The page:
By Jean-François Quénet in Gent
When the dominoes fell in the finale in Gent, one rider had to be the unfortunate tile to fall down first. That dubious honour went to Liquigas' Manuel Quinziato, who has had his ups and downs in this year's Tour. In London, he was treated to a display by some tifosi, who showed up with a huge banner festooned with the tricolore of the Italian flag and the saying,: "God save the Queenziato."
It could have been some of his many female fans, and with their encouragement, the handsome 27 year-old scored the best time for Italy at the prologue when clocked in at eighth place. The former European time trial champion is still pretty strong against the clock, even though he now rides at the service of Filippo Pozzato.
Becoming the obstacle that brought down a large portion of the peloton wasn't in his plans for stage two, and he thought he was playing it safe up front. "I was racing in the first positions of the bunch," he explained afterwards. "This is where it's usually relatively secure compared to the back. A Milram rider (Erik Zabel, ed.) looked behind him in search of his team-mates. His foot went off the pedal and I touched him. No way that I wouldn't crash at this speed. It was inevitable."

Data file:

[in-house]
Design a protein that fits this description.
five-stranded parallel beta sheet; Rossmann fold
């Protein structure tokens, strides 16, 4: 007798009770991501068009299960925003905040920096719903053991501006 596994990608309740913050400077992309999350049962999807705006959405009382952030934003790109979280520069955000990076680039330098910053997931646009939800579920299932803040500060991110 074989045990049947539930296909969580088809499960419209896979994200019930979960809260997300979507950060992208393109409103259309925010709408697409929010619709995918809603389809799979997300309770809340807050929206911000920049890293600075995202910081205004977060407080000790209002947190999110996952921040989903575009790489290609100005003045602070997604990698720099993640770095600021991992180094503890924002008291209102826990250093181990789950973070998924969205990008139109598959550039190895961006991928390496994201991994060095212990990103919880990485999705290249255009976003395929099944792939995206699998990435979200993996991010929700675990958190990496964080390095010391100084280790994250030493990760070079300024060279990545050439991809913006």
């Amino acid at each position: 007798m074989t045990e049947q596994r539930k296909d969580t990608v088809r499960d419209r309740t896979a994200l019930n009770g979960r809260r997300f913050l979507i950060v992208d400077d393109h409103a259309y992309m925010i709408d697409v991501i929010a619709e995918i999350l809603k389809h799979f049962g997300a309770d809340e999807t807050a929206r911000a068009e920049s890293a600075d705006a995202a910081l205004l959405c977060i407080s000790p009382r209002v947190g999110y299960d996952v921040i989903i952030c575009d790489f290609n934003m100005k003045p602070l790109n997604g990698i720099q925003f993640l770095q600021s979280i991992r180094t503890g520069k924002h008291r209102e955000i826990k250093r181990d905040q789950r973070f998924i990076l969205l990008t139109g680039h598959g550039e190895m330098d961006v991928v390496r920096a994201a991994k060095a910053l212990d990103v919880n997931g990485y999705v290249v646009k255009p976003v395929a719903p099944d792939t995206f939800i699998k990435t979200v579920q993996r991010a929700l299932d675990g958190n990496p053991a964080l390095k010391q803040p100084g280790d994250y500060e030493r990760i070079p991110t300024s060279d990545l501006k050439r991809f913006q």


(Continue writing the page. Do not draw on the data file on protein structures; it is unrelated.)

Surprisingly, Quinziato wasn't badly hurt. He was left with a bit of pain in his left knee, but nothing too bad. "I'm happy that nothing's broken because it was a shock when 50 riders crashed on my back," he said. But he was quite philosophical about the fall. "The Tour de France is like that. It's the most stressful bike race. GC riders and sprinters want to ride in the front for different reasons and it makes the race extremely nervous. It creates a lot of risks. But today's finale was less dangerous than yesterday's. Crashes usually happen when we don't expect it." God has really saved Quinziato from a major accident.